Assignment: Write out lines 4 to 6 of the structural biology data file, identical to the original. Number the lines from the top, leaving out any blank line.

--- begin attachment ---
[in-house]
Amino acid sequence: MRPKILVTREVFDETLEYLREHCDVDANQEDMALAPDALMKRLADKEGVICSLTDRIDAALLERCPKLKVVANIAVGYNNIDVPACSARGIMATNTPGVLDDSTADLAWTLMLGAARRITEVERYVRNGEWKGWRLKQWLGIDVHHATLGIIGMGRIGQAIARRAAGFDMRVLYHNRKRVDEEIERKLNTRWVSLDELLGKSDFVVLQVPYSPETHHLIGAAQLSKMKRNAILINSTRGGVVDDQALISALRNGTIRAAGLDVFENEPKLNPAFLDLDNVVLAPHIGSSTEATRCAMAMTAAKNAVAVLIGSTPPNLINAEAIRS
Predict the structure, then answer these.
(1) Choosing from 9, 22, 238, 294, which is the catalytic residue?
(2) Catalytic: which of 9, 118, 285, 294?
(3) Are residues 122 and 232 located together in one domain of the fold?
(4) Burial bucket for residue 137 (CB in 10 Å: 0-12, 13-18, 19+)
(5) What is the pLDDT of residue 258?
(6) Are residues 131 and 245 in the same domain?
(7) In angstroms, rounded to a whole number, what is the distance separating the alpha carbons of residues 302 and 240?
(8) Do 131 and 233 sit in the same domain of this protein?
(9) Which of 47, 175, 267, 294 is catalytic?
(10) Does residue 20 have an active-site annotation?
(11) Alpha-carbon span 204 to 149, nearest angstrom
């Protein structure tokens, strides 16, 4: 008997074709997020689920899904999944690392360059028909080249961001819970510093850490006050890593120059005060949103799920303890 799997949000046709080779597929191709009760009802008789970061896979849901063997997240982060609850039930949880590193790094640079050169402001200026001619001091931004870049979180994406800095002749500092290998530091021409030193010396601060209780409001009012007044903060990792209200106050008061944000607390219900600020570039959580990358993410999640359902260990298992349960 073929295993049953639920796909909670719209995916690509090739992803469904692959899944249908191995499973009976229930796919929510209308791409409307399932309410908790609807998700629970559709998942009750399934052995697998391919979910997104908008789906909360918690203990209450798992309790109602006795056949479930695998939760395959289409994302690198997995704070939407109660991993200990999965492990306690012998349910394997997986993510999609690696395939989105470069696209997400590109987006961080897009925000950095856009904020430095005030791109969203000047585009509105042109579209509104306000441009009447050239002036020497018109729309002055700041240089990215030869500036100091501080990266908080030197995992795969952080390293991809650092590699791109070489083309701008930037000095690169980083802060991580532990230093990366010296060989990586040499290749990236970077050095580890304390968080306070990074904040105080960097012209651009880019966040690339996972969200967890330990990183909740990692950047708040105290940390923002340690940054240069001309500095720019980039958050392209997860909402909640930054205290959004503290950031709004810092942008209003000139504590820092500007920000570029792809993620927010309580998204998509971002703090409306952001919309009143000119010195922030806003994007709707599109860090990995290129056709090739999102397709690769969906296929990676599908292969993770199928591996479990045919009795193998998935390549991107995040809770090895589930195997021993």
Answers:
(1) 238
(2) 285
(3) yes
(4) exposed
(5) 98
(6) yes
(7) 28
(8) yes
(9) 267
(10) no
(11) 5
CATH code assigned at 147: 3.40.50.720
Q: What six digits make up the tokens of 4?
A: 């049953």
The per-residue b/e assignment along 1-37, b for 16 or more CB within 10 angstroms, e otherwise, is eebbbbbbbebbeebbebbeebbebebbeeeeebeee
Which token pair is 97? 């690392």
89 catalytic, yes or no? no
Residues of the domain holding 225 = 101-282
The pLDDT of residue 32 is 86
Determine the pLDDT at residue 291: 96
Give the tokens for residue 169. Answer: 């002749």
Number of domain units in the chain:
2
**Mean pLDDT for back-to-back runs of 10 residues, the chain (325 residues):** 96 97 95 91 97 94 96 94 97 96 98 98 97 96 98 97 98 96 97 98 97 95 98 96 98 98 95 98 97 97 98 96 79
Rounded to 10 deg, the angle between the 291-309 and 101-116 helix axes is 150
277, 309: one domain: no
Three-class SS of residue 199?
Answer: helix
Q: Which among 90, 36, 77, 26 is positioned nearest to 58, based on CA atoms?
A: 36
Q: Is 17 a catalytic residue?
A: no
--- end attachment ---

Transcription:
(1) Choosing from 9, 22, 238, 294, which is the catalytic residue?
(2) Catalytic: which of 9, 118, 285, 294?
(3) Are residues 122 and 232 located together in one domain of the fold?